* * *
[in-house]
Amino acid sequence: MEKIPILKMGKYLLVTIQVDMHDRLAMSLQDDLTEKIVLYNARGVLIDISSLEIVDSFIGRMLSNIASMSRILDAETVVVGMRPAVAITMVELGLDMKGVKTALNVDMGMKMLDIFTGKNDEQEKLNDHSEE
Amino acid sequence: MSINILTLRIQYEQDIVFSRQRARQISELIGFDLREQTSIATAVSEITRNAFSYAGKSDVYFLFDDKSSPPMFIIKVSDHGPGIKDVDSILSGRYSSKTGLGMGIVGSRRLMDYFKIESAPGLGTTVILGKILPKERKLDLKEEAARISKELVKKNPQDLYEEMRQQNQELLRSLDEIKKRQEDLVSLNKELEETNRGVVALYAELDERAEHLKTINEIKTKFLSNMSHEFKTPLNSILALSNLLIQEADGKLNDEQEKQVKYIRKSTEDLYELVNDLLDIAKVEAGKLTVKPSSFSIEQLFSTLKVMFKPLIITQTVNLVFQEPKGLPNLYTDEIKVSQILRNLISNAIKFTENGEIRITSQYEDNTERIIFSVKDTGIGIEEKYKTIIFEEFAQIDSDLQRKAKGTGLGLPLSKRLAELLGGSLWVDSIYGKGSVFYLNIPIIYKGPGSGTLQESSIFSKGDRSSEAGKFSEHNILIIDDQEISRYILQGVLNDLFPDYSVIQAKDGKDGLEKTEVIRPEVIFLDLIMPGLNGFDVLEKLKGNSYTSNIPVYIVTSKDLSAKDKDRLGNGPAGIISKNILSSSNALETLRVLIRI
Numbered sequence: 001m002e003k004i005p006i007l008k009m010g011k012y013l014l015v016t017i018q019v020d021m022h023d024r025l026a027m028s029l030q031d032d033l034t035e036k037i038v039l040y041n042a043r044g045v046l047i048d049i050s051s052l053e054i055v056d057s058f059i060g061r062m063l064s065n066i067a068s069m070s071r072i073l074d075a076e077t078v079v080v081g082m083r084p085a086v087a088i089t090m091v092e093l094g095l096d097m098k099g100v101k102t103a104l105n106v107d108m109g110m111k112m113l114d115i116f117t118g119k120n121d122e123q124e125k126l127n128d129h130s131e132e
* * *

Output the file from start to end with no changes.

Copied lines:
[in-house]
Amino acid sequence: MEKIPILKMGKYLLVTIQVDMHDRLAMSLQDDLTEKIVLYNARGVLIDISSLEIVDSFIGRMLSNIASMSRILDAETVVVGMRPAVAITMVELGLDMKGVKTALNVDMGMKMLDIFTGKNDEQEKLNDHSEE
Amino acid sequence: MSINILTLRIQYEQDIVFSRQRARQISELIGFDLREQTSIATAVSEITRNAFSYAGKSDVYFLFDDKSSPPMFIIKVSDHGPGIKDVDSILSGRYSSKTGLGMGIVGSRRLMDYFKIESAPGLGTTVILGKILPKERKLDLKEEAARISKELVKKNPQDLYEEMRQQNQELLRSLDEIKKRQEDLVSLNKELEETNRGVVALYAELDERAEHLKTINEIKTKFLSNMSHEFKTPLNSILALSNLLIQEADGKLNDEQEKQVKYIRKSTEDLYELVNDLLDIAKVEAGKLTVKPSSFSIEQLFSTLKVMFKPLIITQTVNLVFQEPKGLPNLYTDEIKVSQILRNLISNAIKFTENGEIRITSQYEDNTERIIFSVKDTGIGIEEKYKTIIFEEFAQIDSDLQRKAKGTGLGLPLSKRLAELLGGSLWVDSIYGKGSVFYLNIPIIYKGPGSGTLQESSIFSKGDRSSEAGKFSEHNILIIDDQEISRYILQGVLNDLFPDYSVIQAKDGKDGLEKTEVIRPEVIFLDLIMPGLNGFDVLEKLKGNSYTSNIPVYIVTSKDLSAKDKDRLGNGPAGIISKNILSSSNALETLRVLIRI
Numbered sequence: 001m002e003k004i005p006i007l008k009m010g011k012y013l014l015v016t017i018q019v020d021m022h023d024r025l026a027m028s029l030q031d032d033l034t035e036k037i038v039l040y041n042a043r044g045v046l047i048d049i050s051s052l053e054i055v056d057s058f059i060g061r062m063l064s065n066i067a068s069m070s071r072i073l074d075a076e077t078v079v080v081g082m083r084p085a086v087a088i089t090m091v092e093l094g095l096d097m098k099g100v101k102t103a104l105n106v107d108m109g110m111k112m113l114d115i116f117t118g119k120n121d122e123q124e125k126l127n128d129h130s131e132e